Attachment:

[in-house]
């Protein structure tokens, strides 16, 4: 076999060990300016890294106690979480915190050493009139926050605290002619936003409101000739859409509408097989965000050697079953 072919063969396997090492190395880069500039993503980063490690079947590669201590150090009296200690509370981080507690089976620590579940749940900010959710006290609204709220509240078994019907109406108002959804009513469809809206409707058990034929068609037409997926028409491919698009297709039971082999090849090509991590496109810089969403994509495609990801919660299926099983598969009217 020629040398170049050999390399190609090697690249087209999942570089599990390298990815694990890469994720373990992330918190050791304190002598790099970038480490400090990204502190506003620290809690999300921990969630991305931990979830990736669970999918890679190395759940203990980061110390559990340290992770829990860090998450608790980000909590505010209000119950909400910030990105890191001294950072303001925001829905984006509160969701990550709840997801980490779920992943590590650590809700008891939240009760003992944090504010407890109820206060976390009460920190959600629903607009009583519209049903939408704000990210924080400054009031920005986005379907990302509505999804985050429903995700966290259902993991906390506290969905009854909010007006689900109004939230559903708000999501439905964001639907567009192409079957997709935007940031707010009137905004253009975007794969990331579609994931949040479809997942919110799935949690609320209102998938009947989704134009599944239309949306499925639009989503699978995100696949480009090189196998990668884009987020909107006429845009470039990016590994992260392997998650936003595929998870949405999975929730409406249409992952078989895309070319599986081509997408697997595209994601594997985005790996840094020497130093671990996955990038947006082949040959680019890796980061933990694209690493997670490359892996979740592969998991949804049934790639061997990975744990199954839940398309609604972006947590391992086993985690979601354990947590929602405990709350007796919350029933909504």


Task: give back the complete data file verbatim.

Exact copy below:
[in-house]
């Protein structure tokens, strides 16, 4: 076999060990300016890294106690979480915190050493009139926050605290002619936003409101000739859409509408097989965000050697079953 072919063969396997090492190395880069500039993503980063490690079947590669201590150090009296200690509370981080507690089976620590579940749940900010959710006290609204709220509240078994019907109406108002959804009513469809809206409707058990034929068609037409997926028409491919698009297709039971082999090849090509991590496109810089969403994509495609990801919660299926099983598969009217 020629040398170049050999390399190609090697690249087209999942570089599990390298990815694990890469994720373990992330918190050791304190002598790099970038480490400090990204502190506003620290809690999300921990969630991305931990979830990736669970999918890679190395759940203990980061110390559990340290992770829990860090998450608790980000909590505010209000119950909400910030990105890191001294950072303001925001829905984006509160969701990550709840997801980490779920992943590590650590809700008891939240009760003992944090504010407890109820206060976390009460920190959600629903607009009583519209049903939408704000990210924080400054009031920005986005379907990302509505999804985050429903995700966290259902993991906390506290969905009854909010007006689900109004939230559903708000999501439905964001639907567009192409079957997709935007940031707010009137905004253009975007794969990331579609994931949040479809997942919110799935949690609320209102998938009947989704134009599944239309949306499925639009989503699978995100696949480009090189196998990668884009987020909107006429845009470039990016590994992260392997998650936003595929998870949405999975929730409406249409992952078989895309070319599986081509997408697997595209994601594997985005790996840094020497130093671990996955990038947006082949040959680019890796980061933990694209690493997670490359892996979740592969998991949804049934790639061997990975744990199954839940398309609604972006947590391992086993985690979601354990947590929602405990709350007796919350029933909504």